Are increasing probate applications affecting backlogs?

Probate Delays: Calls for reform and transparency as election nears

As the UK general election approaches, significant concerns have been raised about the persistent issues at the probate registry. Justice Committee Chair Sir Robert Neill KC MP acknowledged the consensus among witnesses that staff levels at the probate office are inadequate. Despite some recent improvements, service quality remains inconsistent, leaving firms struggling to manage their clients’ expectations effectively.

Witnesses testified that merely increasing staff numbers was insufficient to address the probate office’s problems. Experienced staff departures have resulted in a loss of crucial knowledge that cannot be replaced by computer systems alone. As one witness noted:

“A computer system has not replicated that knowledge. It may have helped with allocating cases, but it has not helped that knowledge, so I think there is that gap and they’re trying to build it up again.”

Moving staff within HM Courts and Tribunals Service (HMCTS) may not resolve the issue, as the knowledge is not always transferable, according to ICAEW.

Rachel Hopkins MP questioned the level of training required to adequately equip probate office staff. Suggestions included seconding experienced probate practitioners to train HMCTS staff and addressing the bottleneck caused by a shortage of registrars. Hopkins emphasised the need for effective stakeholder management and the importance of direct communication with those processing applications.

Dr. Kieran Mullan MP inquired about the potential for third-party support to alleviate the backlog. Witnesses agreed that utilising third-party expertise could provide a temporary solution, suggesting a rotation system for training staff with experienced practitioners.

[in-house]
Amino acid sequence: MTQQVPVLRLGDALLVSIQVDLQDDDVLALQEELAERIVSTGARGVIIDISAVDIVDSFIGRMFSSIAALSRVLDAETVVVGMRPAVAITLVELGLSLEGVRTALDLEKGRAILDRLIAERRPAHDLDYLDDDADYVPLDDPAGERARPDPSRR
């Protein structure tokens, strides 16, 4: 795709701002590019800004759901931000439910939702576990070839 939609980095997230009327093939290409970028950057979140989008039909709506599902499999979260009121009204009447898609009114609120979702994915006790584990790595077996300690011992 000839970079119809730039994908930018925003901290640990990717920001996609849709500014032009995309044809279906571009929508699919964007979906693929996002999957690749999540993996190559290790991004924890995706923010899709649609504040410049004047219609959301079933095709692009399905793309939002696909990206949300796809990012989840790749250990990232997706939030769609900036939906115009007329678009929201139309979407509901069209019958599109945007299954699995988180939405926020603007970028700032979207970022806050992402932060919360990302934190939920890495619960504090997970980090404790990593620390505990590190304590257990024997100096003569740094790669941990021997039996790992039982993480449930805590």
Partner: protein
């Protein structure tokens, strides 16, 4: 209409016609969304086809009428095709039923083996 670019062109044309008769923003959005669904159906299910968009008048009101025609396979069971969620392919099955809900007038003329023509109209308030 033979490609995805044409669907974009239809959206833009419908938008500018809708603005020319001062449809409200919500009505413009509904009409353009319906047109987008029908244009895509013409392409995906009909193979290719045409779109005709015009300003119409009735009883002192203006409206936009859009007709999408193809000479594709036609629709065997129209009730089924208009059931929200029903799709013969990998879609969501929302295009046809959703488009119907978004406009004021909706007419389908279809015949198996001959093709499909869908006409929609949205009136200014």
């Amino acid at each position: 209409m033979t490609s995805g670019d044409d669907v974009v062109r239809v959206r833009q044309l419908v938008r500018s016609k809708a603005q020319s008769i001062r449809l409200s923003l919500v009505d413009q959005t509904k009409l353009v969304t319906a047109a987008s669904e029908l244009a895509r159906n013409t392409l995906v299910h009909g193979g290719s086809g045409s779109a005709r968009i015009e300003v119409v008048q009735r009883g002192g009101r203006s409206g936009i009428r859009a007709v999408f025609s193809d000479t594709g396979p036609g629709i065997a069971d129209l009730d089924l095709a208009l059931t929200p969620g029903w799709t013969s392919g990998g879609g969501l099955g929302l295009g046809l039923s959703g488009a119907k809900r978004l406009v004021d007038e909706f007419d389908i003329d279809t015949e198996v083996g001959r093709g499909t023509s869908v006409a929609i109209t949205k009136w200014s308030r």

Edward Timpson KC MP raised concerns about the probate registry’s preparedness for increasing death rates. Ian Bond pointed out that probate rules, some 30 years old, need modernisation to handle modern digital wills. There were also calls for will writing to be regulated to ensure quality and reduce costs associated with poorly drafted wills.

Timpson also asked about introducing minimum service level standards for the probate registry. Witnesses advocated for realistic processing times, guaranteed query acknowledgments, and better communication channels for applicants. Wales highlighted the emotional toll on grieving families waiting for probate, stating the need for timely updates and clear information.

In a related development, delays in granting probate have been linked to significant financial impacts, including £214 million in lost revenue for councils and budgetary uncertainties for charities. The now-disbanded House of Commons Justice Select Committee’s probate inquiry found that delays prolong bereavement for families and contribute to financial hardships.

Committee Chair Sir Robert Neill urged the release of more data to improve transparency and aid organisations working closely with HMCTS. Better data sharing would enable charities to create robust financial forecasts and help councils address issues related to empty homes and care home debts.

Cancer Research, for example, had to delay 44 projects due to probate delays. Neill stated that publishing more data would prevent practitioners from being unfairly blamed for delays and assist various sectors in mitigating the negative impacts.

2 Responses

  1. In my experience, where it is necessary to submit an IHT 400 to HMRC for it to issue a unique code to enable the probate application to proceed, HMRC are spending too much time checking The content of the account, which normally used to be done later when they reviewed the information. Instead, HMRC should merely check that the calculation of tax is correct, or that on the figures, no tax is payable and issue the code. I still don’t know why it is necessary to send this by snail mail Instead of email.

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